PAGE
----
#8 It's Solo Travel Friendly
With the exception of Indian nationals, foreign travelers cannot travel completely alone in Bhutan. That's not really what an experienced solo adventurer wants to hear but fortunately, since you have a personal guide and driver, you have complete flexibility over your schedule and itinerary. Exploring Bhutan with these people in tow feels more like exploring with local friends than as part of an organised tour so you really do not lose your independence.
#9 The Food
Hearty, and with just enough spice to pack a punch, Bhutanese food was designed to help the locals survive amid high altitudes and harsh winter climates. Be sure to order up a plate of Ema datshi - a dish made from chili peppers and melted Yak's cheese that's a staple at most dinner tables, then wash it all down with a butter tea or cup of rice wine. One thing's for sure - you'll be disappointed that you can't find this incredible food anywhere else in the world.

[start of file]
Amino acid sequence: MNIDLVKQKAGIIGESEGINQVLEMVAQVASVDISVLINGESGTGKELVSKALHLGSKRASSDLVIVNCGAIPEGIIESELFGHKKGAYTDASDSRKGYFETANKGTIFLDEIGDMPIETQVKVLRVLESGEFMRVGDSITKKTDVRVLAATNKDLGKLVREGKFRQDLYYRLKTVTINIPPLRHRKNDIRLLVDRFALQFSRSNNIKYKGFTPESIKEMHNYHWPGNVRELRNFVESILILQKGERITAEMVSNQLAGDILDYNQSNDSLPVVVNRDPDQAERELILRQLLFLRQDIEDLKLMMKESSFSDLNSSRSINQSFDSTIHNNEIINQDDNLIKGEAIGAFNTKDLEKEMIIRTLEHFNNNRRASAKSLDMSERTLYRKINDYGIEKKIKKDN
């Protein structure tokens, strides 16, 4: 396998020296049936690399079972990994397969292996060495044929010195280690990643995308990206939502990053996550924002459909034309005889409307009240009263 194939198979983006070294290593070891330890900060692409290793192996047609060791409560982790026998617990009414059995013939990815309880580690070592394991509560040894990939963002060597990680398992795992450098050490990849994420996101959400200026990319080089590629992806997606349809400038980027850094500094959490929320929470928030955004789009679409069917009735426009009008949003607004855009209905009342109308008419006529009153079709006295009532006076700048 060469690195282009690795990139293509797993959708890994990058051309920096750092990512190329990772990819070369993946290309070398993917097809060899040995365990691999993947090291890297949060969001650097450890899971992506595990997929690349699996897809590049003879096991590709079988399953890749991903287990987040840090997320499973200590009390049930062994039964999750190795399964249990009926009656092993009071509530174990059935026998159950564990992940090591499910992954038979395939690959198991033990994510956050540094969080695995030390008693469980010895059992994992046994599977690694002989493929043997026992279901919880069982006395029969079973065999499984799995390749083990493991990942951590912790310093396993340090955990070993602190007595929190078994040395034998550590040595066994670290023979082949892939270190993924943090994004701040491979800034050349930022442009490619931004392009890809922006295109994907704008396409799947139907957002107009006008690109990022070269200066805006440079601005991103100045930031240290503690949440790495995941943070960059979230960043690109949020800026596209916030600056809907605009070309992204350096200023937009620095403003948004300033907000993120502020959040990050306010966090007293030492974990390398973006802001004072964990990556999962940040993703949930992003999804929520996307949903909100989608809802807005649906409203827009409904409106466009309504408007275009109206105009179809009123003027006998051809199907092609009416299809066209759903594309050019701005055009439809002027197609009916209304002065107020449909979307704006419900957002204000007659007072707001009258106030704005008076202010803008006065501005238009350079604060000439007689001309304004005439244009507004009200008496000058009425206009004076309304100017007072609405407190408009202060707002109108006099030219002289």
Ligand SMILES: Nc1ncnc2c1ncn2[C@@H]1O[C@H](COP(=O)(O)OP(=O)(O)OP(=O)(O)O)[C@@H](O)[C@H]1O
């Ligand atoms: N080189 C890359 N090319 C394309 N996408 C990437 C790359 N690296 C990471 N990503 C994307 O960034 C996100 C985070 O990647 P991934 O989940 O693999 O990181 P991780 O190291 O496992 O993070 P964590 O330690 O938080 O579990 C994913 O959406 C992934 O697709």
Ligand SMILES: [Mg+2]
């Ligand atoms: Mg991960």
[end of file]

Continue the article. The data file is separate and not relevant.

#10 The People
Bhutan is a very peaceful Buddhist country. It's people believe that all sentient beings are equal, and treat all life forms with kindness. The Bhutanese are intrigued about the lifestyles of foreigners and will be eager to strike up conversations with you. Though it is a remote country, you will never feel isolated or fearful of your safety.
With special thanks to Druk Asia for organising my trip to Bhutan and making this article possible.
Melissa Douglas is a British Travel Writer that has been traveling the world solo for the past six years. She believes in pushing the boundaries of solo female travel and exploring destinations that few solo women have before. She blogs at www.highheelsandabackpack.com